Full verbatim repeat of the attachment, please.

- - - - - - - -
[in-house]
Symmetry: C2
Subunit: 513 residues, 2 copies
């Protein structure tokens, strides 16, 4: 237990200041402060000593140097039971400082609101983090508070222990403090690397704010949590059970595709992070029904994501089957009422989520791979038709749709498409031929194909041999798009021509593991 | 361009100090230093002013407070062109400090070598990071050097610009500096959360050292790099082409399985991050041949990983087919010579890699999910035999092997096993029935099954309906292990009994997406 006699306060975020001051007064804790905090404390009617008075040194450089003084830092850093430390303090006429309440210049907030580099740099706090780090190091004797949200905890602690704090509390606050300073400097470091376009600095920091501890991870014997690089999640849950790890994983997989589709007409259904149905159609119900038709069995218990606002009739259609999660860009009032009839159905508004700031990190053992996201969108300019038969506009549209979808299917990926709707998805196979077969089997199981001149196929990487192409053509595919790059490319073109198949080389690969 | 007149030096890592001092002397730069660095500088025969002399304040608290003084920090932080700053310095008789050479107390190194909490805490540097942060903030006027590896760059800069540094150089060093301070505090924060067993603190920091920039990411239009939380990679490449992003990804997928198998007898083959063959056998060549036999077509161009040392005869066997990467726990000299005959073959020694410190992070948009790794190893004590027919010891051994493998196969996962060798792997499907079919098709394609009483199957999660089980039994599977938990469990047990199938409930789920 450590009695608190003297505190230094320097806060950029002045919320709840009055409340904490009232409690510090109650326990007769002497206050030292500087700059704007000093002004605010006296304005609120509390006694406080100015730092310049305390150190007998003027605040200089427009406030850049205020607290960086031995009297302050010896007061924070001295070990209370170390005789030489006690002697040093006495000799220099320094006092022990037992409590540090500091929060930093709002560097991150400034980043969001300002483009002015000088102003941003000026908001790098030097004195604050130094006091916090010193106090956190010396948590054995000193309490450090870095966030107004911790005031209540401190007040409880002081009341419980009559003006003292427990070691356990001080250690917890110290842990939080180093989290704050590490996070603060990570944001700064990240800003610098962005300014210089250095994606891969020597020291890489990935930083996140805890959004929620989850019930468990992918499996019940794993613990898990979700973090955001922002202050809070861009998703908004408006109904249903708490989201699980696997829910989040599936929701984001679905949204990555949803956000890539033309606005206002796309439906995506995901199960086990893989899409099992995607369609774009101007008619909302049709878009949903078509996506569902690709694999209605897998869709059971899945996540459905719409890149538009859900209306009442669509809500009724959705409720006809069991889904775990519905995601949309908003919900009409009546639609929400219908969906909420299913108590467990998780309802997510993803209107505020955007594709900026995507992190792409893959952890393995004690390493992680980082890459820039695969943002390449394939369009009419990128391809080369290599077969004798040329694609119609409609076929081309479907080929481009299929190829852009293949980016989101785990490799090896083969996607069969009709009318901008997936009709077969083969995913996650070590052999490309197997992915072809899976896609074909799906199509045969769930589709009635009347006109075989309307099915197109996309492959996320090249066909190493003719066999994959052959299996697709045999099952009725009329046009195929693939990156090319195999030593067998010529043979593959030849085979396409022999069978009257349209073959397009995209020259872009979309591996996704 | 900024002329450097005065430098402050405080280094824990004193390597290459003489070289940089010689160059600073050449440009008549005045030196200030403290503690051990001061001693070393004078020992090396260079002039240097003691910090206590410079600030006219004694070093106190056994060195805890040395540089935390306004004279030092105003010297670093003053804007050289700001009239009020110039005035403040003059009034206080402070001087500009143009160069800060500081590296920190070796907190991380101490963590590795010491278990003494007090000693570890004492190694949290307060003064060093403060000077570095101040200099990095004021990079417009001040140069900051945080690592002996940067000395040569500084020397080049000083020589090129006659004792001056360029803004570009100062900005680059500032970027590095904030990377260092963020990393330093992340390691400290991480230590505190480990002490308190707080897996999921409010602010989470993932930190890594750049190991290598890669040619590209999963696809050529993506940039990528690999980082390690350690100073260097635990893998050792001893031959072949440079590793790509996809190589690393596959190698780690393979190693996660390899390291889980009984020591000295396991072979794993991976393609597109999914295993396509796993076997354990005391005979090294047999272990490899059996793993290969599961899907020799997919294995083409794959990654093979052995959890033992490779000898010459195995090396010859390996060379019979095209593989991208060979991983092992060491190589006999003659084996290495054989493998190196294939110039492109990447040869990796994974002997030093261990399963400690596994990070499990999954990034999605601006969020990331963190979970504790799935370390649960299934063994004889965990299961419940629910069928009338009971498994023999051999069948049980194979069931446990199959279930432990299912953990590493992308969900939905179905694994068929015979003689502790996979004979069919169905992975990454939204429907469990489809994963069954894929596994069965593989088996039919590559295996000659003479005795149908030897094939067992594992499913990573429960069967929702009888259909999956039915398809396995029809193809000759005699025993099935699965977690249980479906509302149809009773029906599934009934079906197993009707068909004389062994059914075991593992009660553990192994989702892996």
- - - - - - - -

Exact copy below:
[in-house]
Symmetry: C2
Subunit: 513 residues, 2 copies
């Protein structure tokens, strides 16, 4: 237990200041402060000593140097039971400082609101983090508070222990403090690397704010949590059970595709992070029904994501089957009422989520791979038709749709498409031929194909041999798009021509593991 | 361009100090230093002013407070062109400090070598990071050097610009500096959360050292790099082409399985991050041949990983087919010579890699999910035999092997096993029935099954309906292990009994997406 006699306060975020001051007064804790905090404390009617008075040194450089003084830092850093430390303090006429309440210049907030580099740099706090780090190091004797949200905890602690704090509390606050300073400097470091376009600095920091501890991870014997690089999640849950790890994983997989589709007409259904149905159609119900038709069995218990606002009739259609999660860009009032009839159905508004700031990190053992996201969108300019038969506009549209979808299917990926709707998805196979077969089997199981001149196929990487192409053509595919790059490319073109198949080389690969 | 007149030096890592001092002397730069660095500088025969002399304040608290003084920090932080700053310095008789050479107390190194909490805490540097942060903030006027590896760059800069540094150089060093301070505090924060067993603190920091920039990411239009939380990679490449992003990804997928198998007898083959063959056998060549036999077509161009040392005869066997990467726990000299005959073959020694410190992070948009790794190893004590027919010891051994493998196969996962060798792997499907079919098709394609009483199957999660089980039994599977938990469990047990199938409930789920 450590009695608190003297505190230094320097806060950029002045919320709840009055409340904490009232409690510090109650326990007769002497206050030292500087700059704007000093002004605010006296304005609120509390006694406080100015730092310049305390150190007998003027605040200089427009406030850049205020607290960086031995009297302050010896007061924070001295070990209370170390005789030489006690002697040093006495000799220099320094006092022990037992409590540090500091929060930093709002560097991150400034980043969001300002483009002015000088102003941003000026908001790098030097004195604050130094006091916090010193106090956190010396948590054995000193309490450090870095966030107004911790005031209540401190007040409880002081009341419980009559003006003292427990070691356990001080250690917890110290842990939080180093989290704050590490996070603060990570944001700064990240800003610098962005300014210089250095994606891969020597020291890489990935930083996140805890959004929620989850019930468990992918499996019940794993613990898990979700973090955001922002202050809070861009998703908004408006109904249903708490989201699980696997829910989040599936929701984001679905949204990555949803956000890539033309606005206002796309439906995506995901199960086990893989899409099992995607369609774009101007008619909302049709878009949903078509996506569902690709694999209605897998869709059971899945996540459905719409890149538009859900209306009442669509809500009724959705409720006809069991889904775990519905995601949309908003919900009409009546639609929400219908969906909420299913108590467990998780309802997510993803209107505020955007594709900026995507992190792409893959952890393995004690390493992680980082890459820039695969943002390449394939369009009419990128391809080369290599077969004798040329694609119609409609076929081309479907080929481009299929190829852009293949980016989101785990490799090896083969996607069969009709009318901008997936009709077969083969995913996650070590052999490309197997992915072809899976896609074909799906199509045969769930589709009635009347006109075989309307099915197109996309492959996320090249066909190493003719066999994959052959299996697709045999099952009725009329046009195929693939990156090319195999030593067998010529043979593959030849085979396409022999069978009257349209073959397009995209020259872009979309591996996704 | 900024002329450097005065430098402050405080280094824990004193390597290459003489070289940089010689160059600073050449440009008549005045030196200030403290503690051990001061001693070393004078020992090396260079002039240097003691910090206590410079600030006219004694070093106190056994060195805890040395540089935390306004004279030092105003010297670093003053804007050289700001009239009020110039005035403040003059009034206080402070001087500009143009160069800060500081590296920190070796907190991380101490963590590795010491278990003494007090000693570890004492190694949290307060003064060093403060000077570095101040200099990095004021990079417009001040140069900051945080690592002996940067000395040569500084020397080049000083020589090129006659004792001056360029803004570009100062900005680059500032970027590095904030990377260092963020990393330093992340390691400290991480230590505190480990002490308190707080897996999921409010602010989470993932930190890594750049190991290598890669040619590209999963696809050529993506940039990528690999980082390690350690100073260097635990893998050792001893031959072949440079590793790509996809190589690393596959190698780690393979190693996660390899390291889980009984020591000295396991072979794993991976393609597109999914295993396509796993076997354990005391005979090294047999272990490899059996793993290969599961899907020799997919294995083409794959990654093979052995959890033992490779000898010459195995090396010859390996060379019979095209593989991208060979991983092992060491190589006999003659084996290495054989493998190196294939110039492109990447040869990796994974002997030093261990399963400690596994990070499990999954990034999605601006969020990331963190979970504790799935370390649960299934063994004889965990299961419940629910069928009338009971498994023999051999069948049980194979069931446990199959279930432990299912953990590493992308969900939905179905694994068929015979003689502790996979004979069919169905992975990454939204429907469990489809994963069954894929596994069965593989088996039919590559295996000659003479005795149908030897094939067992594992499913990573429960069967929702009888259909999956039915398809396995029809193809000759005699025993099935699965977690249980479906509302149809009773029906599934009934079906197993009707068909004389062994059914075991593992009660553990192994989702892996």